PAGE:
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Locking banana plugs is the easiest way, assuming you find ones that can handle your wire. I use a set of gold-plated locking plugs I purchased from Radio Shack many years ago and they have continued to perform well through three sets of Maggies: 1.0b, MMG and 1.6QR.

Be seeing you!
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post #4007 of 4019 Old 03-13-2015, 12:09 PM
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I use Pomona 1825 series banana plugs on my S-MMG/DWMs. They have a very snug fit with the socket Magnepan uses.

Digikey link:
http://www.digikey.com/product-detai...1445-ND/736239

Life is Lambertian
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post #4008 of 4019 Old 03-14-2015, 02:04 PM
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Out of curiosity I bought a pair of 5 foot leafy artificial trees yesterday. I paid a total of $100 for them. I placed them behind my 1.7's wondering how the diffusion they afford would effect the overall presentation. The results, as judged by my family and I, were a huge improvement. Yet no one could describe the improvement!! It was very noticeable in stereo music and 5.1 theatrical playback.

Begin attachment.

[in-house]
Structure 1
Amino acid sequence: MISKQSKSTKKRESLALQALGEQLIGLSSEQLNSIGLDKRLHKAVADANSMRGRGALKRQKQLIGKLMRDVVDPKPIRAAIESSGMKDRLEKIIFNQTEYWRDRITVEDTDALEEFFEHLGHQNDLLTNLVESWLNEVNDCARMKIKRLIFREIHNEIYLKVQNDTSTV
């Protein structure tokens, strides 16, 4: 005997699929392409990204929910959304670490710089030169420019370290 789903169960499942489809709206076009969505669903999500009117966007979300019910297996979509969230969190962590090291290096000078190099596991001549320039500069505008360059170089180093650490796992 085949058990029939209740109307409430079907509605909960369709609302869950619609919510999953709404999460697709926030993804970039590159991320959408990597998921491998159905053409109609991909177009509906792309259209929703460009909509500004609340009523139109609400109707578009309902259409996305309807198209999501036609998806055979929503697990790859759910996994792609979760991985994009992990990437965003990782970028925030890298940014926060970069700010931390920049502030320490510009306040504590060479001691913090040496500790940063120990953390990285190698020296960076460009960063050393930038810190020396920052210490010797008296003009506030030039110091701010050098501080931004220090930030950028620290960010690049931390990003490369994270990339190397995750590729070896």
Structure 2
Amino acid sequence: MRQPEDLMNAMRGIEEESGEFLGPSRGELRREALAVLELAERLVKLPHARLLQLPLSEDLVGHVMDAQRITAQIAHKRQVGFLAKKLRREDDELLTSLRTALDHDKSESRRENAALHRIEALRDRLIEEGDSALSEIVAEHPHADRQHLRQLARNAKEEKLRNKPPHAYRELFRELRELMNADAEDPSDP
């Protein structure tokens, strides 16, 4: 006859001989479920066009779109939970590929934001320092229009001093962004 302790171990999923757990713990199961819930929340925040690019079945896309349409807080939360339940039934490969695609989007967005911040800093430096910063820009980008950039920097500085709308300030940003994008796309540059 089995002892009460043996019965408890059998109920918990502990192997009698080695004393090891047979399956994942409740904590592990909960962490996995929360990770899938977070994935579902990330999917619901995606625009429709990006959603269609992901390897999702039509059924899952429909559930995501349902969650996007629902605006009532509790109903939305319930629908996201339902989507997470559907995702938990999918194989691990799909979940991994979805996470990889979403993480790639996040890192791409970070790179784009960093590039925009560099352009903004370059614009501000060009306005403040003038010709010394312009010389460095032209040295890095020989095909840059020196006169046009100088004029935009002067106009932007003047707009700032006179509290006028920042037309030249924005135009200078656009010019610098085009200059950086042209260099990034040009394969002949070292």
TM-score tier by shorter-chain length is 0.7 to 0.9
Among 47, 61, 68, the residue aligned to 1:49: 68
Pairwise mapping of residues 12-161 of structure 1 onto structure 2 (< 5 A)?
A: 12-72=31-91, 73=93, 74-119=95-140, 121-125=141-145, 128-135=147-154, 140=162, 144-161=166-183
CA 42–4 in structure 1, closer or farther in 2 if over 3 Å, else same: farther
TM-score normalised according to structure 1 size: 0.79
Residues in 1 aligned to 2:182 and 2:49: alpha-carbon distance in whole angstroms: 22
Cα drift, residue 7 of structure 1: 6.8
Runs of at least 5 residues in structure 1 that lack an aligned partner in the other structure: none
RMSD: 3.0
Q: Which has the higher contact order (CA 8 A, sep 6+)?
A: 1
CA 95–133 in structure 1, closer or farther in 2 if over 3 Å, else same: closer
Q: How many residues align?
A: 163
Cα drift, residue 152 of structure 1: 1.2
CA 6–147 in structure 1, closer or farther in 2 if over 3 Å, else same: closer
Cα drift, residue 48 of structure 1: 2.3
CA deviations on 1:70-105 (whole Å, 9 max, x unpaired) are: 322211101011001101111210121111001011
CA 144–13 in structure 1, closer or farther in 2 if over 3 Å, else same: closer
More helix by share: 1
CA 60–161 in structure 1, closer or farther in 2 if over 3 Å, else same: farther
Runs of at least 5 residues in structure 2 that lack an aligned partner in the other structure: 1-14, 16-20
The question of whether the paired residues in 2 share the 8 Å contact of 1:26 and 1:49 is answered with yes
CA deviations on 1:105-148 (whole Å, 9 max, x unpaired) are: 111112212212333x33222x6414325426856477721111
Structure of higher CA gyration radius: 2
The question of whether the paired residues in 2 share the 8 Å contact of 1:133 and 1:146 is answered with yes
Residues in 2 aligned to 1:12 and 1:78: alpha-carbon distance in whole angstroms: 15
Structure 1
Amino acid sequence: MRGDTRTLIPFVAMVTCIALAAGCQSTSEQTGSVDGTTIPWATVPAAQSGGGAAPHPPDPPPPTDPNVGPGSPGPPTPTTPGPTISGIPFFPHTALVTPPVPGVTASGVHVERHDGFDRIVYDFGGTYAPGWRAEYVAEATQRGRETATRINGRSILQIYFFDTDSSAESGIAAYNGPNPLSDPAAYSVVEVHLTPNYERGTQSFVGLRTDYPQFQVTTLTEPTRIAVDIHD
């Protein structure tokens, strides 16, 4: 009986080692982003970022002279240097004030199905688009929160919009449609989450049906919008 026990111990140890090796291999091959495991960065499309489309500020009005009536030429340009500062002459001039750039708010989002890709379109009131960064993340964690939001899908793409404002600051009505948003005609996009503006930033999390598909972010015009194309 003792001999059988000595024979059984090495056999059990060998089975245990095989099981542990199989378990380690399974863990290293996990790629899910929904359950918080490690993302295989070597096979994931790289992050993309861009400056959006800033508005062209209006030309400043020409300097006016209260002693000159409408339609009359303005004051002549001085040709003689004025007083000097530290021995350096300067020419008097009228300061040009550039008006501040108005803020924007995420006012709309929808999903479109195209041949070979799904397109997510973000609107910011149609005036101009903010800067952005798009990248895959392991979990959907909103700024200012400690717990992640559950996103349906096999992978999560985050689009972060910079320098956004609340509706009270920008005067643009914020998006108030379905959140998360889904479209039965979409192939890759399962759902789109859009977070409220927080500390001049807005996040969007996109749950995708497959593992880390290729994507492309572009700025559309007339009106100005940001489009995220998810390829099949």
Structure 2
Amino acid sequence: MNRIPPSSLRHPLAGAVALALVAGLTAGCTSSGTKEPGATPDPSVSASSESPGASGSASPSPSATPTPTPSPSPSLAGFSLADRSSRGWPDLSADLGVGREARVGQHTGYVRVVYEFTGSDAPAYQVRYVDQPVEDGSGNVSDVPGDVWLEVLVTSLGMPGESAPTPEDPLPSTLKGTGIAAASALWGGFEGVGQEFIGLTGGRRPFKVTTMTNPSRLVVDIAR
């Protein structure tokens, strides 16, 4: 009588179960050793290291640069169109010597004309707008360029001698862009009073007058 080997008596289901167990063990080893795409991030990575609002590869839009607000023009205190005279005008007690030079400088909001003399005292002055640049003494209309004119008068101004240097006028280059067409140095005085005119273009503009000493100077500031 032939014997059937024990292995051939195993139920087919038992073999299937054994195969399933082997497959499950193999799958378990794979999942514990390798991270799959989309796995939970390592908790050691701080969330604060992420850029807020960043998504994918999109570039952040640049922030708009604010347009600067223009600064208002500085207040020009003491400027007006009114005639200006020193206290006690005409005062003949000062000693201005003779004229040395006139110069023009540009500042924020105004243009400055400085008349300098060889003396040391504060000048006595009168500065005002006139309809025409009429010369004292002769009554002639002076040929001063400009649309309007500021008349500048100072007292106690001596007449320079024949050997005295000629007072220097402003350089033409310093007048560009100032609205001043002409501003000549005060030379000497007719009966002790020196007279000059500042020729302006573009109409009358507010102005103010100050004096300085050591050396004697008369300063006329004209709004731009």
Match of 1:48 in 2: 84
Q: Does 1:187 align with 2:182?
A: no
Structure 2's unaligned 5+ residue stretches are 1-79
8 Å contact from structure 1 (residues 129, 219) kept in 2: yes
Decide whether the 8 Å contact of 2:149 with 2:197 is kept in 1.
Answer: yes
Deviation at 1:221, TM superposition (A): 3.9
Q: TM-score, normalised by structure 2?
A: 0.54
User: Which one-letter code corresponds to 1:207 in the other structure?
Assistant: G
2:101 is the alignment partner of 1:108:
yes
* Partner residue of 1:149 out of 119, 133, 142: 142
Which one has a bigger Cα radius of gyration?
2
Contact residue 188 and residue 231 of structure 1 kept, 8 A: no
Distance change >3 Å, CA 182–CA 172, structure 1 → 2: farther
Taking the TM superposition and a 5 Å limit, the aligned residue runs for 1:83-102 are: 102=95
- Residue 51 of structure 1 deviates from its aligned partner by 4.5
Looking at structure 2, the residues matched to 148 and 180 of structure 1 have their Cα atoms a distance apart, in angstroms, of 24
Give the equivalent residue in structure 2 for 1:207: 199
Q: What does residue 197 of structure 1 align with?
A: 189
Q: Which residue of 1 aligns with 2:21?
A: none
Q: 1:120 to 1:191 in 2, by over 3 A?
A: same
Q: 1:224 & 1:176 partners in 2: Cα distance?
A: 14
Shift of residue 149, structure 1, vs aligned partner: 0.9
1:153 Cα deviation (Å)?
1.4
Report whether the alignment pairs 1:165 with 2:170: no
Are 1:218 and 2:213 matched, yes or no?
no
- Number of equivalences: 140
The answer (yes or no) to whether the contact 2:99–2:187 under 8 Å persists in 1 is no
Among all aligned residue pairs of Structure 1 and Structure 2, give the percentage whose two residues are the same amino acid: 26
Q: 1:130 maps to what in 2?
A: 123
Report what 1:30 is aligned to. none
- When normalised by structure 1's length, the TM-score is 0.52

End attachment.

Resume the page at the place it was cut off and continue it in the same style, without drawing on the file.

My best attempt to describe would be: A sharper "picture" of each individual instrument/sound image. The entire soundstage and those individual images are better defined with less muddiness/murkiness .... clearly etched images with silence between those images.

An overall stability in the soundstage, a much, much larger sweet spot that is no longer affected by head movement, side to side or forward and back.

As a result of the above "The Theater" has been renamed "The Rain Forest"

Was I a victim of "comb filtering"???

Magnepan 1.7's (LR)
Magnepan CC5/DWM (Center Channel)
Magnepan MC1's (Surrounds)
Rythmik F12 (Sub)
Emotiva UMC-1 (Processor)
Emotiva XPA-2 Gen2 Drives the 1.7's
Emotiva XPA-5 Drives the Center and Surrounds
Oppo BDP-103

Last edited by stustan; 03-14-2015 at 04:06 PM.
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post #4009 of 4019 Old 03-14-2015, 02:44 PM
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Yes.